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That the Ryder logo includes an abstract representation of a can opener.

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Sayonara. This dot rat is headed for greener pastures.

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n/t

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Ry-duh.

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Points deducted for not being fully loaded and strewing cargo all over the road. Stayed upright - bonus points not awarded. Good but not great.

If you want to watch some good storrowing check out this link: https://youtu.be/USu8vT_tfdw

The bridge was getting hit so often they put up a sacrificial steel beam to take the hits.

Happy New Year!

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I watched that truck get towed down Washington Street towards Forest Hills two hours ago. And then thought, "Huh, That looks like a storrowed truck. I wonder if this will show up on UHub."

Happy New Year, all!

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...be forgot

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They had some great overhead views. Nice clean can opening.

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It looks empty. There should be a video game for driving in Boston. Storrowing would definitely have to be part of it.

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This is just after the Fairfield St footbridge. If they got on at Berkeley St, signage is ok these days - Cars Only banners at the actual entrance, and attempts at advance signage (albeit small) on Beacon and Berkeley.

I don’t think they could have gotten on before that, since the Longfellow (10’6”) is posted lower than Fairfield (11’6”). Unless that Longfellow clearance refers to the sides of the arch, and a taller truck could get through in the middle.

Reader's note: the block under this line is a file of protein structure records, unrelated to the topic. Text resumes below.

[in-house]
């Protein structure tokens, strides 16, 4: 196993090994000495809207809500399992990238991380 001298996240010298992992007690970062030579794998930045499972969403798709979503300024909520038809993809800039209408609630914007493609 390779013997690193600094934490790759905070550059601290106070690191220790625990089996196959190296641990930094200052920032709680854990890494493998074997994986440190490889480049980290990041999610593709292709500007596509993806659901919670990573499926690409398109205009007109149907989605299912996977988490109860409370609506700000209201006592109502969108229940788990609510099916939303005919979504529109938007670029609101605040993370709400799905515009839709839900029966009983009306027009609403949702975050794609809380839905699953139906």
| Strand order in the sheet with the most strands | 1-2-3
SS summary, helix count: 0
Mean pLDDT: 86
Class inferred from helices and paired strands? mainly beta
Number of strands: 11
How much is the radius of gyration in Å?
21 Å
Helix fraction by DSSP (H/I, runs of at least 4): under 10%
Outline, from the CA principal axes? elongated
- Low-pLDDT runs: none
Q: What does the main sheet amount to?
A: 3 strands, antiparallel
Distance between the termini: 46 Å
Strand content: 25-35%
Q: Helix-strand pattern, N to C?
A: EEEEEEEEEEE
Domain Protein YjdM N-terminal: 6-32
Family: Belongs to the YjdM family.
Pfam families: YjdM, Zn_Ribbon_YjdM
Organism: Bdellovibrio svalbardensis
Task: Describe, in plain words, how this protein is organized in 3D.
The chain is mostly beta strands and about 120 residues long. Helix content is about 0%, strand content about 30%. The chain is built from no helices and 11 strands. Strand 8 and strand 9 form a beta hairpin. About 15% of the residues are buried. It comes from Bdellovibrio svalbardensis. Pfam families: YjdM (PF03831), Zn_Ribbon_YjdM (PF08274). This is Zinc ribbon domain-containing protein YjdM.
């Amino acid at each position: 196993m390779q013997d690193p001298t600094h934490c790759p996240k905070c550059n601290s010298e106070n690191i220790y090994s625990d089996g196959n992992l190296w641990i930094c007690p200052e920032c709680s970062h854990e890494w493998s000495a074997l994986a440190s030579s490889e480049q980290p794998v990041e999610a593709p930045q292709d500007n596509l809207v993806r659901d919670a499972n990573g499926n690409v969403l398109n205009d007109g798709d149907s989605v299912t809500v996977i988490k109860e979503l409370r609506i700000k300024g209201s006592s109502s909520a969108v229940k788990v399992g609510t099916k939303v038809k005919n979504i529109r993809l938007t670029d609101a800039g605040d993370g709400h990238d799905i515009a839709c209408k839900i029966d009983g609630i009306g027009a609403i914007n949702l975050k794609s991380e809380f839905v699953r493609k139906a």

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Ba-dum.

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My homie / coworker from El Salvador came back with a photo of this on his phone after he saw it happen. It was his first experience with “storrowing”

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Storrow Drive was built on what used to be land under the sea. Prior to the Revolution the King owned all the fish in the sea and the land under the sea. In 1641-1647 Massachusetts gave the intertidal zone lands to the landed abutters in order to encourage wharf building which they thought would encourage business. There was a real threat to the colony from the Natives in those days. The land that Storrow Drive is built on is exempted from the Law that rules that the land under the sea is held by our Government in trust and that always belong to the People.
When Storrow Drive was built it was decided to build bridges that were too low to prevent bus passengers from accessing the city.

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I'm pretty sure you're confusing the story about buses on Storrow with the parkway system around NYC; Robert Moses allegedly designed the parkways in the NYC suburbs to have low bridges to keep low-income families from taking buses to Long Island and Westchester.

The narrative makes little sense with respect to Storrow Drive as the entirety of the road (including Soldiers Field Rd) is within Boston.